Well. Me sir? Gosh sir. Writing an obituary of Bill Boddy is rather like an everyday cinemagoer writing the obituary of Marilyn Monroe—I feel very humble.
Like thousands of my contemporaries, reading Motor Sport magazine in the 1950s and onward, one felt as if one was actually part of the magazine and that each issue was simply a diary of the extraordinary life of Bill Boddy.
The detail with which he would explain the minutiae of each vehicle he tested became the stuff of legend, and even today people of a certain age refer to whether or not the glove compartment of such and such a car can take a Rolleiflex.
Born in 1913, the inimitable Boddy died on Friday July 7—appropriately during the British Grand Prix weekend—after probably the longest career ever at the top of motoring journalism. He was Editor of Motor Sport magazine from 1936 to 1991, continuing to publish it in his spare time during the war, when he was at Farnborough working on Air Publications.
He had first visited Brooklands in 1927, and this led to a lifetime of support for the track and the most comprehensive history of it in his History of Brooklands Motor Course first published in 1949. Among many other books he also wrote the definitive history of that other European banked track at Montlhery near Paris.
He was a major influence on the establishment of the VSCC in the UK, in particular the Light Car Section, and his anecdotes alone would fill a very large volume indeed. One in particular detailed his visit to the 1951 Spanish Grand Prix at Barcelona, with friend Kent Karslake, that nearly ended in disaster when their Motor Sport-chartered Avro Anson was caught in a severe storm over the Pyrenees on the return journey. Landing at Lyon for fuel, with the lightning still flashing, Karslake conversationally commented that “he didn’t think they’d make it.”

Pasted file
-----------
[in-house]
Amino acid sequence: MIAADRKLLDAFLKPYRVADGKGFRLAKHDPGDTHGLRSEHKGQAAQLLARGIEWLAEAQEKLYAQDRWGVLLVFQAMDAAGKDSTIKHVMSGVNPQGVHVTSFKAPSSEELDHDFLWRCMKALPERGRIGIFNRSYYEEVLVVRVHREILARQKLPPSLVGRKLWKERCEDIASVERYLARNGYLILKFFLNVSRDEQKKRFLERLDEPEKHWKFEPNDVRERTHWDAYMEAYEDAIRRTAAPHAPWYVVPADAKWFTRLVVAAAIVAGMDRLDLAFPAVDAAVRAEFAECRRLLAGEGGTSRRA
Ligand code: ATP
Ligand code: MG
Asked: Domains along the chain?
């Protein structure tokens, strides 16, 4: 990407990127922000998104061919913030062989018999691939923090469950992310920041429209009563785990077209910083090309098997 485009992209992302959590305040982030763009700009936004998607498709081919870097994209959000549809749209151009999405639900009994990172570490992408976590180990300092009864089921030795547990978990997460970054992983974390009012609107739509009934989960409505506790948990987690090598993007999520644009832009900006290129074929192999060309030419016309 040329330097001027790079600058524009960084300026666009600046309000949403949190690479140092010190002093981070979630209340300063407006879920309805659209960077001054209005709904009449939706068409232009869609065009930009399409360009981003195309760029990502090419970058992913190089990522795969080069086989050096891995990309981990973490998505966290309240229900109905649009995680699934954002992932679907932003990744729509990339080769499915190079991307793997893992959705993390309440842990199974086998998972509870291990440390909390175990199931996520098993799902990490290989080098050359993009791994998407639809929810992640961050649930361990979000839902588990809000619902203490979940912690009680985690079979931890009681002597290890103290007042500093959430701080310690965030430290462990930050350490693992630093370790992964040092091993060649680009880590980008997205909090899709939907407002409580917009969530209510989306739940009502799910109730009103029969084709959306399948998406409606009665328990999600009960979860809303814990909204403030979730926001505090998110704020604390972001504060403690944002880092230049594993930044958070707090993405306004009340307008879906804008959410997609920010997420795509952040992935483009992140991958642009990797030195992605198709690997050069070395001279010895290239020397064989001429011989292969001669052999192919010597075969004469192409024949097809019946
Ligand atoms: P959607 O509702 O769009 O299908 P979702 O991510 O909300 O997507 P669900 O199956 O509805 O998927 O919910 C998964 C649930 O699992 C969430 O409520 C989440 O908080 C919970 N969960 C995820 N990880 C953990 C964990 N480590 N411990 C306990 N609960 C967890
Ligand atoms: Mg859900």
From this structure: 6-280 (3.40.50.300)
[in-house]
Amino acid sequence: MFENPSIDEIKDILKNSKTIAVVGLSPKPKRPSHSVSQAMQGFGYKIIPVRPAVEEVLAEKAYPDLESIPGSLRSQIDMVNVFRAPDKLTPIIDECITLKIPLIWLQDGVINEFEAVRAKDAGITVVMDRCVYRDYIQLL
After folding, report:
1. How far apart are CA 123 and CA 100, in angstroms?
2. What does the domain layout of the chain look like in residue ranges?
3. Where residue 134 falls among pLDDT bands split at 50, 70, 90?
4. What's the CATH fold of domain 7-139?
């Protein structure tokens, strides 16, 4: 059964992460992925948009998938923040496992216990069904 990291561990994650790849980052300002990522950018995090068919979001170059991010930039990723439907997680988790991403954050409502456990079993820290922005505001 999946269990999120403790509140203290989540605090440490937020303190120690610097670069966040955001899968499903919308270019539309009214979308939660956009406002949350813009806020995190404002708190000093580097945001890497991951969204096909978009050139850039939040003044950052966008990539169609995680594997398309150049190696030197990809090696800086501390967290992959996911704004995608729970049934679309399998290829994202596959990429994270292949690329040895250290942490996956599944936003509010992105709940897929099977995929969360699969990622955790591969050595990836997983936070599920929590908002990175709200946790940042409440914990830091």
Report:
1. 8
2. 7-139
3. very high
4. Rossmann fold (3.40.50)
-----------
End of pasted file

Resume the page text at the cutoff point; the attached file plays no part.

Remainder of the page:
Boddy’s collaboration with Denis Jenkinson led to Motor Sport being considered the most authoritative and influential motoring magazine available during the period from the ’50s to the ’80s, and his writing was forthright, sometimes bordering on the acidic, unafraid of upsetting some motor manufacturers as he went. He was determined to speak the truth and be honest—a far cry from today, as events unfold in the UK.
He was not faultless, as his obsession with certain marques showed, but regular readers of Motor Sport felt that they almost became friends as he described what would now, in this world of instant Tweeting, be considered, perhaps, both mundane and eccentric motoring experiences and journeys all over the UK and the Continent.
I hope I have done justice to this doyen of motoring people, but in my heart I fear I probably cannot. His like will be sorely missed and never repeated. All of us at Vintage Racecar and our readers extend our condolences to his three daughters, his wife Winifred having predeceased him.